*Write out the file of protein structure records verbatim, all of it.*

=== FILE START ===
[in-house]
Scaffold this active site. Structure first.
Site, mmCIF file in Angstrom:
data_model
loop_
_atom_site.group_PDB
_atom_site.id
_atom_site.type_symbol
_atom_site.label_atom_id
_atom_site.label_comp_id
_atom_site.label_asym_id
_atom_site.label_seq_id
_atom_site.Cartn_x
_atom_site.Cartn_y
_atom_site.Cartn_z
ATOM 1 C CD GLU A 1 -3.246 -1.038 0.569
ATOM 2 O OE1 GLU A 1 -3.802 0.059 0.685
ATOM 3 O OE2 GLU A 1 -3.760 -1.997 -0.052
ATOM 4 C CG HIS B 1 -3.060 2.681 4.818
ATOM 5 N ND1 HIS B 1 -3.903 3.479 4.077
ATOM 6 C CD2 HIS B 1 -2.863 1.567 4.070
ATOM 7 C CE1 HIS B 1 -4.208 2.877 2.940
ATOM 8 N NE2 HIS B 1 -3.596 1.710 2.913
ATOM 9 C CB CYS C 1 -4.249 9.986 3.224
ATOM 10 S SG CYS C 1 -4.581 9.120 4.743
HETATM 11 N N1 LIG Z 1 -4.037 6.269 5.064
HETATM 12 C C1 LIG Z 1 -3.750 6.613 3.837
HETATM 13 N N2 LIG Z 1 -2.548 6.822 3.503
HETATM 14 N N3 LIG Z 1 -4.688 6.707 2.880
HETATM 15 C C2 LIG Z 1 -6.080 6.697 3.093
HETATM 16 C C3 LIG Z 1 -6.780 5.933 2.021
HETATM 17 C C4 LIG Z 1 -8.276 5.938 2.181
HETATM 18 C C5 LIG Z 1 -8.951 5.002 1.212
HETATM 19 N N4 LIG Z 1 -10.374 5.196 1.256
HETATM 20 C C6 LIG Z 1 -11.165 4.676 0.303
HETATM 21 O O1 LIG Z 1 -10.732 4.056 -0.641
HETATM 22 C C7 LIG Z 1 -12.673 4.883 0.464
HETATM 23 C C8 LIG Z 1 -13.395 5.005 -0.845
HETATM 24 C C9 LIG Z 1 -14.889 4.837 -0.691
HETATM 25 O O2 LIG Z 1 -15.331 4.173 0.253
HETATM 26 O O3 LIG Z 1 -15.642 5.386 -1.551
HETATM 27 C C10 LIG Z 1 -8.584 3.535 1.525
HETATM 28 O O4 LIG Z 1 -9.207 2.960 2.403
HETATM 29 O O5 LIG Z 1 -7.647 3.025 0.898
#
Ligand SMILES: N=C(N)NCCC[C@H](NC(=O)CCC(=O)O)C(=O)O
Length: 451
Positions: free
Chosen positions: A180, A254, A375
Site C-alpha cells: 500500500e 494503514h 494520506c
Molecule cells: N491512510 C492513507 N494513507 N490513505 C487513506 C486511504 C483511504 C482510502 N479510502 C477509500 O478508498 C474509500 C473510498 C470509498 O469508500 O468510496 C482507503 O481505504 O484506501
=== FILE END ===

[in-house]
Scaffold this active site. Structure first.
Site, mmCIF file in Angstrom:
data_model
loop_
_atom_site.group_PDB
_atom_site.id
_atom_site.type_symbol
_atom_site.label_atom_id
_atom_site.label_comp_id
_atom_site.label_asym_id
_atom_site.label_seq_id
_atom_site.Cartn_x
_atom_site.Cartn_y
_atom_site.Cartn_z
ATOM 1 C CD GLU A 1 -3.246 -1.038 0.569
ATOM 2 O OE1 GLU A 1 -3.802 0.059 0.685
ATOM 3 O OE2 GLU A 1 -3.760 -1.997 -0.052
ATOM 4 C CG HIS B 1 -3.060 2.681 4.818
ATOM 5 N ND1 HIS B 1 -3.903 3.479 4.077
ATOM 6 C CD2 HIS B 1 -2.863 1.567 4.070
ATOM 7 C CE1 HIS B 1 -4.208 2.877 2.940
ATOM 8 N NE2 HIS B 1 -3.596 1.710 2.913
ATOM 9 C CB CYS C 1 -4.249 9.986 3.224
ATOM 10 S SG CYS C 1 -4.581 9.120 4.743
HETATM 11 N N1 LIG Z 1 -4.037 6.269 5.064
HETATM 12 C C1 LIG Z 1 -3.750 6.613 3.837
HETATM 13 N N2 LIG Z 1 -2.548 6.822 3.503
HETATM 14 N N3 LIG Z 1 -4.688 6.707 2.880
HETATM 15 C C2 LIG Z 1 -6.080 6.697 3.093
HETATM 16 C C3 LIG Z 1 -6.780 5.933 2.021
HETATM 17 C C4 LIG Z 1 -8.276 5.938 2.181
HETATM 18 C C5 LIG Z 1 -8.951 5.002 1.212
HETATM 19 N N4 LIG Z 1 -10.374 5.196 1.256
HETATM 20 C C6 LIG Z 1 -11.165 4.676 0.303
HETATM 21 O O1 LIG Z 1 -10.732 4.056 -0.641
HETATM 22 C C7 LIG Z 1 -12.673 4.883 0.464
HETATM 23 C C8 LIG Z 1 -13.395 5.005 -0.845
HETATM 24 C C9 LIG Z 1 -14.889 4.837 -0.691
HETATM 25 O O2 LIG Z 1 -15.331 4.173 0.253
HETATM 26 O O3 LIG Z 1 -15.642 5.386 -1.551
HETATM 27 C C10 LIG Z 1 -8.584 3.535 1.525
HETATM 28 O O4 LIG Z 1 -9.207 2.960 2.403
HETATM 29 O O5 LIG Z 1 -7.647 3.025 0.898
#
Ligand SMILES: N=C(N)NCCC[C@H](NC(=O)CCC(=O)O)C(=O)O
Length: 451
Positions: free
Chosen positions: A180, A254, A375
Site C-alpha cells: 500500500e 494503514h 494520506c
Molecule cells: N491512510 C492513507 N494513507 N490513505 C487513506 C486511504 C483511504 C482510502 N479510502 C477509500 O478508498 C474509500 C473510498 C470509498 O469508500 O468510496 C482507503 O481505504 O484506501